• Dobre M.
      • Yang W.
      • Chen J.
      • et al.
      Association of serum bicarbonate with risk of renal and cardiovascular outcomes in CKD: a report from the Chronic Renal Insufficiency Cohort (CRIC) study.
      Cohort studies in children in the United States demonstrate that only about one-third of patients with metabolic acidosis are currently treated with alkali.
      • Brown D.D.
      • Roem J.
      • Ng D.K.
      • et al.
      Low serum bicarbonate and CKD progression in children.
      In contrast, cohorts including patients at very advanced stages of CKD demonstrate treatment rates that are much higher, approaching 60%.
      • Thilly N.
      • Boini S.
      • Kessler M.
      • Briançon S.
      • Frimat L.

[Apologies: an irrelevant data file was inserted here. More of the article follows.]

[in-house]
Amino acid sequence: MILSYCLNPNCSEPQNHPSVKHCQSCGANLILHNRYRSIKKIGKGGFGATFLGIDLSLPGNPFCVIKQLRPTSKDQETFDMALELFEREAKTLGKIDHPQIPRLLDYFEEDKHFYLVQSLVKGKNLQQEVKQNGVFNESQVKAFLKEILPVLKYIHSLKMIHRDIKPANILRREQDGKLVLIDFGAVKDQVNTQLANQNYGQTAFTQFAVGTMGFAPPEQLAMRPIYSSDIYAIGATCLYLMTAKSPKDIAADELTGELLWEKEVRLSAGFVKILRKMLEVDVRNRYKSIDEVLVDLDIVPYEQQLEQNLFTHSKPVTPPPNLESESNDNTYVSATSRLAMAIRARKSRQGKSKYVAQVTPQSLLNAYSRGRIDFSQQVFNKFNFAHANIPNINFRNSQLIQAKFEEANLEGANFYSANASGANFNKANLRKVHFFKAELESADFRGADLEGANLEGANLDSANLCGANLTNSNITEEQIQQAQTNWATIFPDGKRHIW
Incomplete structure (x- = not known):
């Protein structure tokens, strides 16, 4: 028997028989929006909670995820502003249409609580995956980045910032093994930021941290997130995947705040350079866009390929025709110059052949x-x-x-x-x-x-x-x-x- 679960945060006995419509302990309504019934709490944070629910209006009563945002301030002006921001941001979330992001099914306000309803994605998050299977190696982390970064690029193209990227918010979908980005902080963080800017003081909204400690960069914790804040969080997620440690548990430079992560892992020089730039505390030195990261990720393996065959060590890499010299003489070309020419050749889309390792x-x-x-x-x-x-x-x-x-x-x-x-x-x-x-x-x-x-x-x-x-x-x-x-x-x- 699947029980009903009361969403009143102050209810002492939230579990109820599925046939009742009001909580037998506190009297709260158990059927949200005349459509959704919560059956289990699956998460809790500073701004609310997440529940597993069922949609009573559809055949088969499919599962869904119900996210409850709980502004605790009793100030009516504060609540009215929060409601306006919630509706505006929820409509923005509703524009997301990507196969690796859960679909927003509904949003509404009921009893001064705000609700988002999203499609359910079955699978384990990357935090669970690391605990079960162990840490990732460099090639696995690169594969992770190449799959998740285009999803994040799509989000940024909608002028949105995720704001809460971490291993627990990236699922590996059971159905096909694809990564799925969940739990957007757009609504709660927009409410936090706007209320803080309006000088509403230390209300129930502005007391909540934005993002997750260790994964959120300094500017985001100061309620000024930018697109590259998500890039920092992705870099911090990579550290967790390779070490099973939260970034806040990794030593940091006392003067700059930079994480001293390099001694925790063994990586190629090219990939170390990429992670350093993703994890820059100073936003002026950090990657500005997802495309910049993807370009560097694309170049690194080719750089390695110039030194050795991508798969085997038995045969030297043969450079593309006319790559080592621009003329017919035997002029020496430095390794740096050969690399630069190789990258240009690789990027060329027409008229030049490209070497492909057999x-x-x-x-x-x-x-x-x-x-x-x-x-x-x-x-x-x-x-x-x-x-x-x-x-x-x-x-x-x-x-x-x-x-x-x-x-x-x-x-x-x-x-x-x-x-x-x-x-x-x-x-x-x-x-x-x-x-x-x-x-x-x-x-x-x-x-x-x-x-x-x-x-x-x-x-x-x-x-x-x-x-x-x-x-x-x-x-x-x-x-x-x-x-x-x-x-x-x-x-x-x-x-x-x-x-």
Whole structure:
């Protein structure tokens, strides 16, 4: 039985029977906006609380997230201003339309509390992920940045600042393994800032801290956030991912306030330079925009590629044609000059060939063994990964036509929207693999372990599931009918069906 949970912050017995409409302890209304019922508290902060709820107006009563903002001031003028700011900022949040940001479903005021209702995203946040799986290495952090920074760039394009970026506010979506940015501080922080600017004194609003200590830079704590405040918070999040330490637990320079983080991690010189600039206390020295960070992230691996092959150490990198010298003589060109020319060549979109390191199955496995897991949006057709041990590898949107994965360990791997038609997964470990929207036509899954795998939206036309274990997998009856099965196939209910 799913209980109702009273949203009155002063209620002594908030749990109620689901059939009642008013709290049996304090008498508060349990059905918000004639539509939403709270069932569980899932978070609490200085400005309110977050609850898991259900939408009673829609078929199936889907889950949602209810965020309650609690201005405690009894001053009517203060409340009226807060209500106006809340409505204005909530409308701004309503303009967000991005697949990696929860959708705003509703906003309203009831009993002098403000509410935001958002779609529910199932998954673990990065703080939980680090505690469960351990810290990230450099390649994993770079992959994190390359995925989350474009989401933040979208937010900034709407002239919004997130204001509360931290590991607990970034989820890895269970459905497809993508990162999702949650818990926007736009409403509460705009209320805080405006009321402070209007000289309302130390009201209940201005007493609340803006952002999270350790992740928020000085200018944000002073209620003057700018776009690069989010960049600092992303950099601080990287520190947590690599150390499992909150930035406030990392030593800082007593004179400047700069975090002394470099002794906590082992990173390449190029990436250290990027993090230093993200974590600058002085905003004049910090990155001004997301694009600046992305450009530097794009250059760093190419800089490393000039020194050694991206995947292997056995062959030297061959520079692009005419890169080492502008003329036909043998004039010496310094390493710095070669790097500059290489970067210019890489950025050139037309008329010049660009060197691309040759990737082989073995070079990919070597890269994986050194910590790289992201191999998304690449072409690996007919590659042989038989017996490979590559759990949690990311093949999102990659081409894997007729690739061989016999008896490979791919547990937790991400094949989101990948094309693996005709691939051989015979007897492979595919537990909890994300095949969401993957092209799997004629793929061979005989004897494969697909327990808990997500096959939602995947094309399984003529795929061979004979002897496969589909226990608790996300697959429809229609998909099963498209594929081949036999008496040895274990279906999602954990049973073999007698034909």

Chronic kidney disease: appropriateness of therapeutic management and associated factors in the AVENIR study.
      These relatively low rates of treatment may reflect the limited number of long-term multicenter studies of alkali therapy, demonstrating efficacy and safety of treatment. US commentaries on treatment guidelines emphasize the complexity of CKD management, which involves treatment of the underlying disease process, anemia, mineral and bone disease, electrolyte disorders, blood pressure and extracellular volume, glycemic control, and cardiovascular risk factors.
      • Inker L.A.
      • Astor B.C.
      • Fox C.H.
      • et al.
      KDOQI US commentary on the 2012 KDIGO clinical practice guideline for the evaluation and management of CKD.
      Until stronger evidence emerges, the relative importance of treating chronic metabolic acidosis amid other CKD priorities is unclear and likely limits therapy.

      Conclusions and Need for Evidence on Treatment of Metabolic Acidosis in CKD